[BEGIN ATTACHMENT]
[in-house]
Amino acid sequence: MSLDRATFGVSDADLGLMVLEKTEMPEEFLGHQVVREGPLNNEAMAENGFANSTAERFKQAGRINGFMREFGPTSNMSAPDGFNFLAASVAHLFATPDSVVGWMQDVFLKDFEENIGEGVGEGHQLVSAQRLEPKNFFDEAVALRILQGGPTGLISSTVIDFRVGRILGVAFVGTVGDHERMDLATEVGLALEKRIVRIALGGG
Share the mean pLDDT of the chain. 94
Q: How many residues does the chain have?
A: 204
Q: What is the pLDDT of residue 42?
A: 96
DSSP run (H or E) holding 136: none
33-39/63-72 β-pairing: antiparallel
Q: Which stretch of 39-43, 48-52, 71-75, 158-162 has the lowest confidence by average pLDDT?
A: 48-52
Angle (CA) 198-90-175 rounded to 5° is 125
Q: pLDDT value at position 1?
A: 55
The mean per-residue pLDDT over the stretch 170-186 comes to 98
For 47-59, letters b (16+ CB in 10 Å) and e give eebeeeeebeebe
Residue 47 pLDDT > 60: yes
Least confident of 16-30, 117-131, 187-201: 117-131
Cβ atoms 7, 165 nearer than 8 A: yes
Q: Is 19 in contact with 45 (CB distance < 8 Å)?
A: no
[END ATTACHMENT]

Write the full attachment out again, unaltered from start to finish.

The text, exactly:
[in-house]
Amino acid sequence: MSLDRATFGVSDADLGLMVLEKTEMPEEFLGHQVVREGPLNNEAMAENGFANSTAERFKQAGRINGFMREFGPTSNMSAPDGFNFLAASVAHLFATPDSVVGWMQDVFLKDFEENIGEGVGEGHQLVSAQRLEPKNFFDEAVALRILQGGPTGLISSTVIDFRVGRILGVAFVGTVGDHERMDLATEVGLALEKRIVRIALGGG
Share the mean pLDDT of the chain. 94
Q: How many residues does the chain have?
A: 204
Q: What is the pLDDT of residue 42?
A: 96
DSSP run (H or E) holding 136: none
33-39/63-72 β-pairing: antiparallel
Q: Which stretch of 39-43, 48-52, 71-75, 158-162 has the lowest confidence by average pLDDT?
A: 48-52
Angle (CA) 198-90-175 rounded to 5° is 125
Q: pLDDT value at position 1?
A: 55
The mean per-residue pLDDT over the stretch 170-186 comes to 98
For 47-59, letters b (16+ CB in 10 Å) and e give eebeeeeebeebe
Residue 47 pLDDT > 60: yes
Least confident of 16-30, 117-131, 187-201: 117-131
Cβ atoms 7, 165 nearer than 8 A: yes
Q: Is 19 in contact with 45 (CB distance < 8 Å)?
A: no